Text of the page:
During a fire in a suburban row of town houses, if the floors inside collapse, the front or rear walls may collapse outward.  In peaked-roof buildings, the bearing walls support the majority of the roof rafters that are parallel to the ridgepole.  In flat-roofed wood buildings, the bearing walls are usually the walls with the greatest dimension: the non-load-bearing walls have the shortest dimension.

Mortise-and-Tenon Joints

The structural framework of a braced-frame wooden building which

collapses inward/outward consists of vertical timber corner posts and horizontal timber girders or girts at each floor level.  The corner posts and girders are connected by mortise-and-tenon joints.  When a braced-frame wood timber collapses, it fails at the weakest points--often the mortise-and-tenon connection. The mortise hole has removed the center section of the corner post timber and reduced its strength; the tenon end of the girder is only a fraction of the original girder's thickness and therefore has only a fraction of its strength.  In addition to this design weakness, the connection can be destroyed by fire.  Furthermore, unlike concrete and steel fastening, the wood mortise-and-tenon connection is susceptible to collapse by rotting.  A vacant wooden building open to the elements can be quickly weakened by rotting structural components like the mortise-and-tenon connections.

 

Exterior Wall Overload

The exterior wall of a wood-frame building can be weakened by the weight of a metal fire escape landing and ladder.  This heavy metal structure attached to the outside wall of a wood building is anchored to two-by-four inch wall studs behind the wood sheathing.  The weight of the metal fire escape can exert a slight outward pull on the wall studs to which it is attached for support.  This pull causes the wall studs to curve or bow slightly outward.  The load above, supported by the curved wall studs, is no longer transmitted through the studs as an axial load (centered or evenly distributed) but becomes an eccentric load (off-centered or uneven).  During a fire, the wall supporting a metal fire escape must be considered a structural danger. The weight of the fire escape will accelerate the collapse of a fireweakened wood wall.

There are two types of masonry surfaces applied to outside walls of old wood buildings: A brick-and-mortar veneer wall can be attached to the wooden structure by thin strips of sheet metal, one strip every two square feet; or a thick stucco coating, spread on wire mesh, can be nailed to the old wooden surface of the building.  These wall surfaces increase the collapse danger during a serious fire in a wood-frame building by adding considerable weight to the structure.  As much as eight pounds per square foot of stucco and wire mesh have been found on a collapsed wall .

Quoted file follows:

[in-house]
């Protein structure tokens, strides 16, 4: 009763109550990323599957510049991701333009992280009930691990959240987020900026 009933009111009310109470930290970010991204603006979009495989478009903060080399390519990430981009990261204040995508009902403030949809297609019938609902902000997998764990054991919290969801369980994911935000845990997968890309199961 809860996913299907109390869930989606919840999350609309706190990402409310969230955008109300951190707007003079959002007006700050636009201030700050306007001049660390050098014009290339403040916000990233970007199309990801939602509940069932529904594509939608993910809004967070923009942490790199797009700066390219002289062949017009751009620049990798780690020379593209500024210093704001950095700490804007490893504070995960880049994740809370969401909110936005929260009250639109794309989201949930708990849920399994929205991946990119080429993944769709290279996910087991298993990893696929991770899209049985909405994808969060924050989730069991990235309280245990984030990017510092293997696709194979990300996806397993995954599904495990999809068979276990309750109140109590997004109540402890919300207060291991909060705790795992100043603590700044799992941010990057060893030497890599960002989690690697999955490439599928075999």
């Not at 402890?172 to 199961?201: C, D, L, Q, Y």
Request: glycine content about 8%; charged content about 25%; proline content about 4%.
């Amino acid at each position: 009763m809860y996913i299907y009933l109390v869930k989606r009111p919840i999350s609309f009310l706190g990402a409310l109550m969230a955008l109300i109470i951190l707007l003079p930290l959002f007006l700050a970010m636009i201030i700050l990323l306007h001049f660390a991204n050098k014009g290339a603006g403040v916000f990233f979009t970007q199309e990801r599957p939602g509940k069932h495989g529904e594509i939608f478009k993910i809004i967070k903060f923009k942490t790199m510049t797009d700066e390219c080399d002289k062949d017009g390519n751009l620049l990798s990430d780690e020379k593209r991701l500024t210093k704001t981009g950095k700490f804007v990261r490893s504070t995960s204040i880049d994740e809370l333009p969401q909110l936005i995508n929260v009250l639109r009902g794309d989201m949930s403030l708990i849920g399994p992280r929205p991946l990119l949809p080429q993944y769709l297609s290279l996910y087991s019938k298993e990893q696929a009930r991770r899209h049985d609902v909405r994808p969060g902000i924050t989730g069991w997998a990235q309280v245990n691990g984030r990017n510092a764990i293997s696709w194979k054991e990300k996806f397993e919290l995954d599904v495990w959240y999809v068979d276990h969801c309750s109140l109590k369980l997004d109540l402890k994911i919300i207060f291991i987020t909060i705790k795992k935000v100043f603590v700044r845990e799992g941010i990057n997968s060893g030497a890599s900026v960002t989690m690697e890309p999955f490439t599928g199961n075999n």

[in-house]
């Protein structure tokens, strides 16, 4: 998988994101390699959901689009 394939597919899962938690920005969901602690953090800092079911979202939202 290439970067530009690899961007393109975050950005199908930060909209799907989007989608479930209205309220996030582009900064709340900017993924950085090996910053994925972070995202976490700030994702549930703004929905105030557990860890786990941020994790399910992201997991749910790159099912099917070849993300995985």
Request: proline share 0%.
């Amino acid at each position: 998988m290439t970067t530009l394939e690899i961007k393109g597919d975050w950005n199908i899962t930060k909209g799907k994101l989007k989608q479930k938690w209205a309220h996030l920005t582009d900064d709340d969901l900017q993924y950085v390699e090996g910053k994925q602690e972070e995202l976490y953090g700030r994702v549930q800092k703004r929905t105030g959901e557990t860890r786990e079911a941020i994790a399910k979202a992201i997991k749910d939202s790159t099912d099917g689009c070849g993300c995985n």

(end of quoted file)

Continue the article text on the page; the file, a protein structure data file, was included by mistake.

Brick veneer not only overloads a wall but also hides major structural defects of the wall.  It can conceal an obvious collapse warning sign, such as the wood walls splitting apart, or hide the burning of the wood bearing wall behind it.  These masonry wall coverings also contain the heat and flame inside the building, thus increasing the destruction of the structural framework.

Lessons to Be Learned

            1.         Burning wooden buildings of three or more stories collapse more frequently than burning one- or two-story wood buildings.

       2.  Wooden buildings located on a corner plot or standing alone are more susceptible to collapse when exposed to fire than wood buildings in the center of a row of similar buildings.

            3.         When a serious fire burns out the entire first floor of a three story wood building, there is a danger of collapse.

4.         Of the three types of wood-frame building collapses, the inward/outward collapse is the most dangerous.  It gives no warning and can result in the simultaneous collapse of two or more sides of the structure.

       5.         Three contributing causes of wood-frame building collapse are fire destruction of bearing walls, the mortise-and-tenon joint of a braced-frame wooden building, and the overload of an exterior wooden wall.

       6.         Large buildings collapsing on top of smaller buildings cause the smaller buildings to collapse.

 

 

Questions for Newsletter:

 

1. Which  type construction has concealed spaces not more than one story ?

A.   Braced frame

B.    Ballon frame

C.    Platform frame

D.   Light weight construction

 

Answer_______

 

2. Which one of the five construction types has combustible bearing walls?

A.   Fire resistive

B.    Non combustible

C.    Ordinary

D.   Heavy timber

E.    Wood construction

 

Answer_______

 

3.There is a danger of a triple decker collapse when serious fire burns out  which flloor?

 

A.   first floor

B.    second floor

C.    thirs floor

D.   roof

 

Answer _______

 

4.True or false

 

Burning lighweight constructed buildings may collapse within 10 minutes of the arrrival of the fire companies.

 

Answer_______

 

5. In addition to stretching hose lines to the interior of a burning wood  building a hose line will must be stretched to protect exposures from what kind of fire spread?

 

A.   convection

B.    Conduction

C.    Radiation

D.   None of the above

 

Answer_______

 

 

Answers: 1. C; 2. E; 3. A;  4.True;  5. C